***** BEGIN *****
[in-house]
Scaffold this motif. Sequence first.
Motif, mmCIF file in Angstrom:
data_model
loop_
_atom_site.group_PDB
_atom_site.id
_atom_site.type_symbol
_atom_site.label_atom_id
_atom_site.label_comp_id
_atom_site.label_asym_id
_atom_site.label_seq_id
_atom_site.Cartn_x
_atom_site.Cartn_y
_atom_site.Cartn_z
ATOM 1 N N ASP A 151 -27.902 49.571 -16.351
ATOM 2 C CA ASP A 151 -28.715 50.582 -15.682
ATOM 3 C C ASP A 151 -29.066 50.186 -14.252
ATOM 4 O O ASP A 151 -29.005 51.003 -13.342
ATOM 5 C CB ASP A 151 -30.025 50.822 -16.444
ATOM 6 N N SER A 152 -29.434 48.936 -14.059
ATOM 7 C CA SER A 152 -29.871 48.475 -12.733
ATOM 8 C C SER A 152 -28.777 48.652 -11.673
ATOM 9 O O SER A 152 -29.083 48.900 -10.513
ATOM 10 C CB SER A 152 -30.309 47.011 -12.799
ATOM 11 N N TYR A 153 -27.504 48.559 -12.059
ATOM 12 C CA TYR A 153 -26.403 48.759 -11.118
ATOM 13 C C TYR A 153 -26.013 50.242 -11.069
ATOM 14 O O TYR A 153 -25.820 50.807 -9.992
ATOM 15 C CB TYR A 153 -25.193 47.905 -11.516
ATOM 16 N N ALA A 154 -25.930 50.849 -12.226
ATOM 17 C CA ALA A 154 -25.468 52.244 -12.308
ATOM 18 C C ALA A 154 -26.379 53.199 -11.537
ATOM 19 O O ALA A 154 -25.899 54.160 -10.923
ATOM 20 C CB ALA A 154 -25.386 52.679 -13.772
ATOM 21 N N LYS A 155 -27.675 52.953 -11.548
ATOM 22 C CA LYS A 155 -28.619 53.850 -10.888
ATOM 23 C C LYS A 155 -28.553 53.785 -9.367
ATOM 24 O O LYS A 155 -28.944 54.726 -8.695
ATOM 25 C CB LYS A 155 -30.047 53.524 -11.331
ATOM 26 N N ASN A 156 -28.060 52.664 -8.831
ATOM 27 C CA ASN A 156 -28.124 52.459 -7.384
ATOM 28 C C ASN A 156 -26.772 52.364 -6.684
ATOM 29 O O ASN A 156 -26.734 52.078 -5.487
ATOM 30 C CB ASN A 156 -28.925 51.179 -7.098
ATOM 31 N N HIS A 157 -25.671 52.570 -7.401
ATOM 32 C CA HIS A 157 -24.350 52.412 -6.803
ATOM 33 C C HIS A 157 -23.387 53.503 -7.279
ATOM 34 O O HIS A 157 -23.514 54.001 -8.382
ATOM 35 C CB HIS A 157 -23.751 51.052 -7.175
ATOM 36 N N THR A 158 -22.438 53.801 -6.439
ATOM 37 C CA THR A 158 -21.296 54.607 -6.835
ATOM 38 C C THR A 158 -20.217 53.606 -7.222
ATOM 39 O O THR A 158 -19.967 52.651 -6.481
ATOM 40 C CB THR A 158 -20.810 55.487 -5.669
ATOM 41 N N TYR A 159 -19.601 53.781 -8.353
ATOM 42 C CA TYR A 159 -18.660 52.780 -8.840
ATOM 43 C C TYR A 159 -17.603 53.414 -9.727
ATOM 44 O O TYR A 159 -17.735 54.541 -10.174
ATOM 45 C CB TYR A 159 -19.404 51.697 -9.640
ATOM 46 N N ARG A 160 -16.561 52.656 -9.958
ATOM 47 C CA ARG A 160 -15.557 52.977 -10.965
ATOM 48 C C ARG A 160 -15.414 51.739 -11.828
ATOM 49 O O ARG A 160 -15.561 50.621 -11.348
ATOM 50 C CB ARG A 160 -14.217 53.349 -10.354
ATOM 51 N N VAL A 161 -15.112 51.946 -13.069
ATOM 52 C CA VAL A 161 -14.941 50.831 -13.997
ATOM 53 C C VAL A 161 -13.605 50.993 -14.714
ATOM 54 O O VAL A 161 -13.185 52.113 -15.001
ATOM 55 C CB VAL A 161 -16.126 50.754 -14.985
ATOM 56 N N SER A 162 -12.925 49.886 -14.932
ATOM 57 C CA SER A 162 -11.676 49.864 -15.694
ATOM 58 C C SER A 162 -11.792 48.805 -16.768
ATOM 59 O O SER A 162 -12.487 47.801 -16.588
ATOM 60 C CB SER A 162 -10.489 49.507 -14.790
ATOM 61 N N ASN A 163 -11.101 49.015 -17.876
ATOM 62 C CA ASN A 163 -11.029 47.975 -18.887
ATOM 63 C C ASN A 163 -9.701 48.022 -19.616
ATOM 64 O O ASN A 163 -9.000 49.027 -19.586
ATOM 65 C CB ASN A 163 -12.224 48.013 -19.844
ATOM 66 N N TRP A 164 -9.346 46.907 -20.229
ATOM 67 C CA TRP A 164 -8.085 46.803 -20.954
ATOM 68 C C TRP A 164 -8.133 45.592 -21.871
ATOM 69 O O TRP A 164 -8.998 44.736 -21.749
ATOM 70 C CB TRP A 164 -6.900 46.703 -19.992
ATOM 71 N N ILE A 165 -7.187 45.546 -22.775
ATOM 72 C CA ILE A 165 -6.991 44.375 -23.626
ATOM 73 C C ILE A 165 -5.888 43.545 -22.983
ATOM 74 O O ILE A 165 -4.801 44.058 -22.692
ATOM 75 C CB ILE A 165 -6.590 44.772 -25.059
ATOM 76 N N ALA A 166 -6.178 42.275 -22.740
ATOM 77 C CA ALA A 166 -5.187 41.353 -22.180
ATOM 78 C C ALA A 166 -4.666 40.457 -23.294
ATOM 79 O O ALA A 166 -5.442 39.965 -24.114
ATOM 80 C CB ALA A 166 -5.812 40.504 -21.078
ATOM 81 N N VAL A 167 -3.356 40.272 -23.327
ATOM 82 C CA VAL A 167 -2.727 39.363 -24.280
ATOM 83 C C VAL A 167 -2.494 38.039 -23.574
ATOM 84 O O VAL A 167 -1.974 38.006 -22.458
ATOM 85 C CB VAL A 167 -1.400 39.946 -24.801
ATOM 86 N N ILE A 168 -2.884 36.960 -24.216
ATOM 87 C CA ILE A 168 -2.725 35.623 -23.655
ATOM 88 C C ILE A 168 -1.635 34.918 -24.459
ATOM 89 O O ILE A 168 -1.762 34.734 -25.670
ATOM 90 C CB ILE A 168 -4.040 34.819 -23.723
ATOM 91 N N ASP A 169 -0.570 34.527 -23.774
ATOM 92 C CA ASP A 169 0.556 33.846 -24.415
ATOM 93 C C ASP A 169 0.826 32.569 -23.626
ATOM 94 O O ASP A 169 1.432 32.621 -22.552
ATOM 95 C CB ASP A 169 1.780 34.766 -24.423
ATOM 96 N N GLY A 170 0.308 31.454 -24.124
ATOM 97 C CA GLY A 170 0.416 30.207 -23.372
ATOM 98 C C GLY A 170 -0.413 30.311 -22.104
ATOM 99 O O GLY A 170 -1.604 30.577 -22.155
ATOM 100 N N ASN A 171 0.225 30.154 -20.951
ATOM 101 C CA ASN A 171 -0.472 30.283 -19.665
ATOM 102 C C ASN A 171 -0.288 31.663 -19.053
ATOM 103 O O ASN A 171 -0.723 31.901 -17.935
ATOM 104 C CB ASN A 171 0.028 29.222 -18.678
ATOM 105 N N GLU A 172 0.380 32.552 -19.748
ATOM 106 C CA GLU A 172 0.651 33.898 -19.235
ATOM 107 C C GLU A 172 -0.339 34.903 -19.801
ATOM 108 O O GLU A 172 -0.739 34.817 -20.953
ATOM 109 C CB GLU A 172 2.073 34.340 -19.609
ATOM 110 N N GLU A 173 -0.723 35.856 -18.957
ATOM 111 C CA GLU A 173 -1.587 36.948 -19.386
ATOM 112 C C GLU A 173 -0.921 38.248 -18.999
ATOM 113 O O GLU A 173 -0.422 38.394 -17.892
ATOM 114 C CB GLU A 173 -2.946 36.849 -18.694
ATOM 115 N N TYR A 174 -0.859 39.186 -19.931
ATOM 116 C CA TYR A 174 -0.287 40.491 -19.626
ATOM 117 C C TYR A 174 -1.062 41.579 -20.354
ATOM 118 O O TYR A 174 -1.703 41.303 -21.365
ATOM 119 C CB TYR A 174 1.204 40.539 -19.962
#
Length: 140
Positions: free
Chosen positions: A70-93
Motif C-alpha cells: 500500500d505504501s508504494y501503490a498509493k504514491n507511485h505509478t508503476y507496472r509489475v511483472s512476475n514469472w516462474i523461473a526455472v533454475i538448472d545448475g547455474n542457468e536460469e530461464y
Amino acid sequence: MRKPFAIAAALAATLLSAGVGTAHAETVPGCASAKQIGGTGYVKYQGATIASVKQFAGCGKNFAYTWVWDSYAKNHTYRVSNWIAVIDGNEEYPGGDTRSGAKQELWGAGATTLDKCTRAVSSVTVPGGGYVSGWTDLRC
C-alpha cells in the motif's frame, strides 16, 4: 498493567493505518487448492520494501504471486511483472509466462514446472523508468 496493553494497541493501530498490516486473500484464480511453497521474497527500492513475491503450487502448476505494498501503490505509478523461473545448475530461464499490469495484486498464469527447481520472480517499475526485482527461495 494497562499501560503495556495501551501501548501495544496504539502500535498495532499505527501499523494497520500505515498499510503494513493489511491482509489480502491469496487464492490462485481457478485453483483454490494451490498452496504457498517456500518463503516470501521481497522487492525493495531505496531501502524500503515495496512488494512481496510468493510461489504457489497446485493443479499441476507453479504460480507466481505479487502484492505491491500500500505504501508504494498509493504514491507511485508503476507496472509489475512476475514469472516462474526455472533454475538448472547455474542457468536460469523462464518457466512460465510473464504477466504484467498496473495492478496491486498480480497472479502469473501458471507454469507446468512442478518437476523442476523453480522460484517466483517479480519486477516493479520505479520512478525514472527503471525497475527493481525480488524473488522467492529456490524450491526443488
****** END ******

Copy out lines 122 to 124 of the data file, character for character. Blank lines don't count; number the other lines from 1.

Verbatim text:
ATOM 107 C C GLU A 172 -0.339 34.903 -19.801
ATOM 108 O O GLU A 172 -0.739 34.817 -20.953
ATOM 109 C CB GLU A 172 2.073 34.340 -19.609